The role of concussion history and biological sex on baseline concussion clinical profile symptoms in adolescent rugby players

Connor McKee, Mark Matthews, Anthony Kontos, Alan T. Rankin, C M Bleakley

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Abstract

Background
Accurate concussion monitoring requires access to preinjury baseline data. This is particularly important in adolescent athletes who have a high risk of concussion and are prone to prolonged recovery. As Rugby Union is governed by similar laws for men and women, it is also an ideal population to rigorously examine the impact of biological sex on concussion symptoms.

Aims
To evaluate self-reported concussion symptoms at baseline in adolescent rugby union players, and examine if subtype-specific symptoms are affected by concussion history and biological sex.

Methods
Adolescent rugby union players aged 16–18 years were recruited during the 2022–2023 playing season. Participants completed a series of questionnaires covering post-concussion symptoms, concussion clinical profiles, anxiety, depression and fear avoidance behaviours. Independent variables of interest in analysis were biological sex and concussion history.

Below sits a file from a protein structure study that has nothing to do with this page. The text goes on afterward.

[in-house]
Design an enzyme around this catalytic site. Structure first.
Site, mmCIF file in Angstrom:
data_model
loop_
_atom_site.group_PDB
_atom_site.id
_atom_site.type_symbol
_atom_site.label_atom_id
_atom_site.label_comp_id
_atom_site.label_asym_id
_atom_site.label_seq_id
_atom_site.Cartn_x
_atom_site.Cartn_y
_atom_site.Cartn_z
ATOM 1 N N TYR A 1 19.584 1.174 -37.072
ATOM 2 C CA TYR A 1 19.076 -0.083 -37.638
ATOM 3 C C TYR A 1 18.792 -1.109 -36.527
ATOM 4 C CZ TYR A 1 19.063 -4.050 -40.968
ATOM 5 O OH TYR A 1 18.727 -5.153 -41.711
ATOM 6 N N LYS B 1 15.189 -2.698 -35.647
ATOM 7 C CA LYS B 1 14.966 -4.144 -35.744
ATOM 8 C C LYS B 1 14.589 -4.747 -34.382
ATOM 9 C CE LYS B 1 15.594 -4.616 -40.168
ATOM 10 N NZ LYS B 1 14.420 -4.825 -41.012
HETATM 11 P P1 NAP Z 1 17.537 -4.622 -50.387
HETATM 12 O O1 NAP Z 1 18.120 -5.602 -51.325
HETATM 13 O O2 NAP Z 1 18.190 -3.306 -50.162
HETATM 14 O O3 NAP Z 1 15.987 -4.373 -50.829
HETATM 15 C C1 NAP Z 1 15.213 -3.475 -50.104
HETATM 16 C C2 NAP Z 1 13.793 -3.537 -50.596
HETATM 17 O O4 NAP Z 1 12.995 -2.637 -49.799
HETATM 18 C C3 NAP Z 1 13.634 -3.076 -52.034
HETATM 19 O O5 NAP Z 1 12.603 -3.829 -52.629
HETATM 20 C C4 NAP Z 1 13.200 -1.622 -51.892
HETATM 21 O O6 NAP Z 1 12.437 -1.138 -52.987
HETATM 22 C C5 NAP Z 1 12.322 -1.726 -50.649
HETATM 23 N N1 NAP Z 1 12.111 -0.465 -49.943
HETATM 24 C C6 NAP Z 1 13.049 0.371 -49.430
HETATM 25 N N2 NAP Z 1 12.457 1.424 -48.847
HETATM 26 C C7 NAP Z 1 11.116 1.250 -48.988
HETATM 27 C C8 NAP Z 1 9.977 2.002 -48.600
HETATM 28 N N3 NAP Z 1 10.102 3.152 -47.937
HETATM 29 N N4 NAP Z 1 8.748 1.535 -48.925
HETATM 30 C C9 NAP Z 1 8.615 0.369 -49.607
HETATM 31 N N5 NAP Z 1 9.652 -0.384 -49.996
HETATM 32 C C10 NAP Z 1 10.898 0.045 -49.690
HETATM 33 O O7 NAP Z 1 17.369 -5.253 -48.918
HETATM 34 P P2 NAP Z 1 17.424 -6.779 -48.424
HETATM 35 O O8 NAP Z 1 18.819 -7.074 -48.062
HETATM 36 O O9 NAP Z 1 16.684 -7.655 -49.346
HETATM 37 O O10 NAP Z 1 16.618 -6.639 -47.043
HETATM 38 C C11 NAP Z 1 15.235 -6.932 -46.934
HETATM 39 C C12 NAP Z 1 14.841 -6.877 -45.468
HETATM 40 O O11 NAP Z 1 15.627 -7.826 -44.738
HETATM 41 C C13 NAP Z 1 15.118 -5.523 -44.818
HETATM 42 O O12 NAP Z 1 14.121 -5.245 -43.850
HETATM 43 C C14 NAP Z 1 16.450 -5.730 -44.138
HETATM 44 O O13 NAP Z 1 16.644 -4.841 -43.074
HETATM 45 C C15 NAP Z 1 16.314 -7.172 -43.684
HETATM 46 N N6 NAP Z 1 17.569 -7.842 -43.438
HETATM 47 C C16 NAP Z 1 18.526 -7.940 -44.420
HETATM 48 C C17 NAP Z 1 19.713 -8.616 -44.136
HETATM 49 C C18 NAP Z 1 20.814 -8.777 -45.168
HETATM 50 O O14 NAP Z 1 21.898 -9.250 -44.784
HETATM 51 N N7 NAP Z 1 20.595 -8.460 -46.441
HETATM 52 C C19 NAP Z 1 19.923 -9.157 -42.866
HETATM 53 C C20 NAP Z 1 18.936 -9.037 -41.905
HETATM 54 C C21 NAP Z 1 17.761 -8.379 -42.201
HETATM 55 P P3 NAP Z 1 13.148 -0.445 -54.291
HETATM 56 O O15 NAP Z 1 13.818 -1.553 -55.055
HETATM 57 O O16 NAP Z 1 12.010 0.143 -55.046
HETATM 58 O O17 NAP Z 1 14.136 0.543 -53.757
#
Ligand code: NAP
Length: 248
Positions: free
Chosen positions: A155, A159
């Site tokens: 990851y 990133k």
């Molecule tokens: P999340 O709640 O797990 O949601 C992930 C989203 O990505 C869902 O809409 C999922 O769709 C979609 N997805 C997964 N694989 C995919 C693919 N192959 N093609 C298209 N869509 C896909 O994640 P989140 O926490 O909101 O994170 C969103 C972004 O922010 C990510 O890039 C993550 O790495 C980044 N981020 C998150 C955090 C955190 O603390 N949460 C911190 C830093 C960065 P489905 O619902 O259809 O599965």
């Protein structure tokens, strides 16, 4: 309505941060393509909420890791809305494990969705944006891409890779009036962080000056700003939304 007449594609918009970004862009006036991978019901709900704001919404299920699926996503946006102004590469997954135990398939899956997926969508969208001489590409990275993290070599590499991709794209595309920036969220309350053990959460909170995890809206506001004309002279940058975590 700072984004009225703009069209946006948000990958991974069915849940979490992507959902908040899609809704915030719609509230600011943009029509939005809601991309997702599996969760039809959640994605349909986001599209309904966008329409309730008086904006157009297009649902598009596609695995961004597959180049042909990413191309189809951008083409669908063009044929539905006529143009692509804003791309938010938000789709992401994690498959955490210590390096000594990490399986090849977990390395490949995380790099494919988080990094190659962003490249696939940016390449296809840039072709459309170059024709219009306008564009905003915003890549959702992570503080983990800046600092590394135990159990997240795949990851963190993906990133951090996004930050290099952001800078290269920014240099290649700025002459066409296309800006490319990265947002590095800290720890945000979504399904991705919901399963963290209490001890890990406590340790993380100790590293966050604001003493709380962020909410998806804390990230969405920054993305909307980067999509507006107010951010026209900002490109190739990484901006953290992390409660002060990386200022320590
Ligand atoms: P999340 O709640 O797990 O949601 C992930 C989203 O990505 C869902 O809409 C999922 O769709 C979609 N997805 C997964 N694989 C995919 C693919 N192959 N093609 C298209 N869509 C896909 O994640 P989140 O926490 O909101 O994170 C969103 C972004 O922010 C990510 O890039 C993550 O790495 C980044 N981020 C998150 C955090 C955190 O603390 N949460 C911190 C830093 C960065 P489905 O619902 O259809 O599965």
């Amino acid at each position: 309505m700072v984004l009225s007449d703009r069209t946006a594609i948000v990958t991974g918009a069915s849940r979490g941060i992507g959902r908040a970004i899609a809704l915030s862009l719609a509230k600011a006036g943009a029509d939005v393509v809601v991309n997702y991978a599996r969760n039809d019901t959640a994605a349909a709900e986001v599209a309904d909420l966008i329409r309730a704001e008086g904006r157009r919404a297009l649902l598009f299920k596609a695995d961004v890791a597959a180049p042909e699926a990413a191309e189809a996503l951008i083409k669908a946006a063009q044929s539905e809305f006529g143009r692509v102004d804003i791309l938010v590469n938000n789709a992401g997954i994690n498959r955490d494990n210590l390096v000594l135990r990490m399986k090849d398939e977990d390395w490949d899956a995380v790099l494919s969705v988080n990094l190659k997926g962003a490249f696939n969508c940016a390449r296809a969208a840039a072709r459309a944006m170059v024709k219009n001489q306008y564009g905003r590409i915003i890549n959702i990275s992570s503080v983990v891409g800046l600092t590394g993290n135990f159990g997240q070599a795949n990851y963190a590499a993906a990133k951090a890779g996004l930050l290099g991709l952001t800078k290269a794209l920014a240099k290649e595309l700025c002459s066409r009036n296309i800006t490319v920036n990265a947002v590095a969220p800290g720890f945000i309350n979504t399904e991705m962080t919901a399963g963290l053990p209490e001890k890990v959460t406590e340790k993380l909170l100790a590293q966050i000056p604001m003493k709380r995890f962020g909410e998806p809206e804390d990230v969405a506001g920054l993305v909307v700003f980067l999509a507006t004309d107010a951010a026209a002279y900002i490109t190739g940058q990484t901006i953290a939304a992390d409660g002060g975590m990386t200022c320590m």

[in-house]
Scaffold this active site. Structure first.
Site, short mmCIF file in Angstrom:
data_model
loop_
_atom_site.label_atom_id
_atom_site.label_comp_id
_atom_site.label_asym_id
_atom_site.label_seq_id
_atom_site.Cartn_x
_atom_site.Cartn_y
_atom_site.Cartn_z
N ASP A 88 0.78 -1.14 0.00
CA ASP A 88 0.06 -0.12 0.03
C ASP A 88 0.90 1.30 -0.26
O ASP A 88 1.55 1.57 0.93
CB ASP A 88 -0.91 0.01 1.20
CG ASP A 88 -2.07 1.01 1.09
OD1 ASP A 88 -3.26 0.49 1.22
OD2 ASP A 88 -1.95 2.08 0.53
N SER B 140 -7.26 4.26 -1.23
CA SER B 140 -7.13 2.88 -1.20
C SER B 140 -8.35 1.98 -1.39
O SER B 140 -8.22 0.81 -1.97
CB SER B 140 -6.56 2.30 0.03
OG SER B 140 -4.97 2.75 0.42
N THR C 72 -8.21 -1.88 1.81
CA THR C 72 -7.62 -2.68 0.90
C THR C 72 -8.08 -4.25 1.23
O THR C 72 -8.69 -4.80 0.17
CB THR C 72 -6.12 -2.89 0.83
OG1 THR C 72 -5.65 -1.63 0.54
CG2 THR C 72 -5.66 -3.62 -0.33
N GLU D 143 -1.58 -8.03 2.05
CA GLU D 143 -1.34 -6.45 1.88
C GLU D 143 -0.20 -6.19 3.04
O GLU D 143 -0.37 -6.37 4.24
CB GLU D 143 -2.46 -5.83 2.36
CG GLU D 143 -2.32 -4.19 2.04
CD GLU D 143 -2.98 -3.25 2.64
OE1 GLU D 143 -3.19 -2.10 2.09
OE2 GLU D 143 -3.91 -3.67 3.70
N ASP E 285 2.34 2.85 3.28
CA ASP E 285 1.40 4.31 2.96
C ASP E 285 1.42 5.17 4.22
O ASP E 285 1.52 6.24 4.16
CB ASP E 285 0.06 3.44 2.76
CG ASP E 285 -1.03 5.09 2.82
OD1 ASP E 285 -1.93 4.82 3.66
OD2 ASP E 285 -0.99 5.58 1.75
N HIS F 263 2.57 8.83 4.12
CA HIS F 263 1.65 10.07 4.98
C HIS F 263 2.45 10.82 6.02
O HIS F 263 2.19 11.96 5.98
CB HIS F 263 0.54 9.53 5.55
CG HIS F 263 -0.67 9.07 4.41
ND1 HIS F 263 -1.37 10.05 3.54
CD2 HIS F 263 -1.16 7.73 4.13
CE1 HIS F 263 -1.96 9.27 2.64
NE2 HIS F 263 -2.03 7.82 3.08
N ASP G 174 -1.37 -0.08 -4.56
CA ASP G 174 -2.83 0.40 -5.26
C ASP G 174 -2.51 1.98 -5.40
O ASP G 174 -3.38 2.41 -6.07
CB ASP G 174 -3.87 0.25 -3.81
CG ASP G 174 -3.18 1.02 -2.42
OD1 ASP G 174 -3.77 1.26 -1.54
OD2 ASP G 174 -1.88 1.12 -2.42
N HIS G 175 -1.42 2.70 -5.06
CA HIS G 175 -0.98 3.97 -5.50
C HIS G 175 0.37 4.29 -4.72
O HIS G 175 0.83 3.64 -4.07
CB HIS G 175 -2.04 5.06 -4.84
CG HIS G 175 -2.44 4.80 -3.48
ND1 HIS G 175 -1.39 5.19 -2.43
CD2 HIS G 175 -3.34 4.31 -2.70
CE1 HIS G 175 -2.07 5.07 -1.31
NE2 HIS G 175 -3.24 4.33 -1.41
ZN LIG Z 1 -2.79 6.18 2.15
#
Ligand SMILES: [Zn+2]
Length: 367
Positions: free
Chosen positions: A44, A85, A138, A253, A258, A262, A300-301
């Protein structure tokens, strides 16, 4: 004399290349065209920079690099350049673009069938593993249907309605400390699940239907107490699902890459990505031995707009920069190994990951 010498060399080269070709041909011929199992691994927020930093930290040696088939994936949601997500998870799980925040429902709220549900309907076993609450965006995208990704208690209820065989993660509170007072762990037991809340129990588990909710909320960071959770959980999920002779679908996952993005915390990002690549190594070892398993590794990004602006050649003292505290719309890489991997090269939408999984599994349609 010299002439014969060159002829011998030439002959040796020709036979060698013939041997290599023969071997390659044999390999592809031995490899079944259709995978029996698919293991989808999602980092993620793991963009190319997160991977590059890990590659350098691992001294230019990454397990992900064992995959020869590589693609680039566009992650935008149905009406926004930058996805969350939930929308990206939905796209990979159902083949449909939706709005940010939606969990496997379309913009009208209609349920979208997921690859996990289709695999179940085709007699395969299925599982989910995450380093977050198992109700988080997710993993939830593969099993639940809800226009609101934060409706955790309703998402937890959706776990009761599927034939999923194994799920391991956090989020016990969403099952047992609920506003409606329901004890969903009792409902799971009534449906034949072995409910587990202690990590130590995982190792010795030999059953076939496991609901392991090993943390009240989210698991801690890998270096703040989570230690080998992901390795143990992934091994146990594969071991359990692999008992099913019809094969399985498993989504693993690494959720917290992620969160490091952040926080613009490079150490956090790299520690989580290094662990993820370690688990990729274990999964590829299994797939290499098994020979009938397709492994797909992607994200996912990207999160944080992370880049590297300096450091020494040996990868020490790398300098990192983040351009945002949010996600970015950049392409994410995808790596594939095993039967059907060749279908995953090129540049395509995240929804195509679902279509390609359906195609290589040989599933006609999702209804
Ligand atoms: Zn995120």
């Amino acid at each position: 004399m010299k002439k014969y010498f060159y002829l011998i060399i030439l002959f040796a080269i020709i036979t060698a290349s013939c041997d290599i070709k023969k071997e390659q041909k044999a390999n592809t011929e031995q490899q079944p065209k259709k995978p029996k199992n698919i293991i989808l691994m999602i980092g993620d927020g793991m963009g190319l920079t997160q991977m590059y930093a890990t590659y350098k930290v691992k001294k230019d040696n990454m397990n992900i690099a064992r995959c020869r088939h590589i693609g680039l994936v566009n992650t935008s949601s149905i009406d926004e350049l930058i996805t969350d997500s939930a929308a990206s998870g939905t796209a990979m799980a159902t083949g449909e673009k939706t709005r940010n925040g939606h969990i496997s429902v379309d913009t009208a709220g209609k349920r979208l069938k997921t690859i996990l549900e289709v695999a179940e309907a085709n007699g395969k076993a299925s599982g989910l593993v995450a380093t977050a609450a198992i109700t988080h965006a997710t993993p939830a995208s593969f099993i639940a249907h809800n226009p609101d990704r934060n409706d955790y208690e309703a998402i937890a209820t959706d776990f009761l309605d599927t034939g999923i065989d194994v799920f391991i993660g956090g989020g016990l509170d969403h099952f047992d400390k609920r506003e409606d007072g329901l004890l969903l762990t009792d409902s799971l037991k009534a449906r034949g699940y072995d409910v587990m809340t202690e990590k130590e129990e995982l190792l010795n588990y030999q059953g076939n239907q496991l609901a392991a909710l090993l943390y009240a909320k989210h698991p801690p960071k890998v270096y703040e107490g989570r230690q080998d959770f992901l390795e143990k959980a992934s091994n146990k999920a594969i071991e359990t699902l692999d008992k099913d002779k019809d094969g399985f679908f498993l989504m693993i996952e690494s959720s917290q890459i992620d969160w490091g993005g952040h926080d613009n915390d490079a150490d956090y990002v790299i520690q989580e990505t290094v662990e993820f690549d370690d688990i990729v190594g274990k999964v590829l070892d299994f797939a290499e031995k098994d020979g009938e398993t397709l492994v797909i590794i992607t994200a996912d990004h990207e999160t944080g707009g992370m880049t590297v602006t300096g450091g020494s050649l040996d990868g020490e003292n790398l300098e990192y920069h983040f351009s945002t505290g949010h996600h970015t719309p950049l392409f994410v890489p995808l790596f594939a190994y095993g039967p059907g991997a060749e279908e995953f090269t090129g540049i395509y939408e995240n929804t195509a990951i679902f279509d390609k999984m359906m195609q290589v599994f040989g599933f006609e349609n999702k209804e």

Results
149 participants (75% male) were included. 42% (63/149) reported at least one previous concussion (average time since concussion: 18.7 months, range 1–72). Adolescents with a concussion history reported significantly higher scores than those with no history, across two clinical profiles (ocular and sleep), concussion symptom severity, and depression, all based on medium effect sizes (SMD 0.3–0.5). Females had significantly higher scores across cognitive/fatigue, ocular and sleep clinical profiles, concussion symptoms, anxiety and depression, each with large effect sizes (SMD > 0.5).

Conclusions
Concussion history and sex are associated with higher baseline scores on specific concussion clinical profile, concussion symptom severity, and anxiety symptoms. These findings highlight the importance of considering baseline differences when interpreting post-injury clinical profile symptoms in adolescent rugby players. (Trial registration: ACTRN12622000931774).
Original languageEnglish
Pages (from-to)1971
Number of pages9
JournalIr J Med Sci
Early online date25 Mar 2024
DOIs
Publication statusPublished online - 25 Mar 2024

Bibliographical note

Publisher Copyright:
© The Author(s) 2024.

Keywords

  • Anxiety
  • Depression
  • Fear-Avoidance

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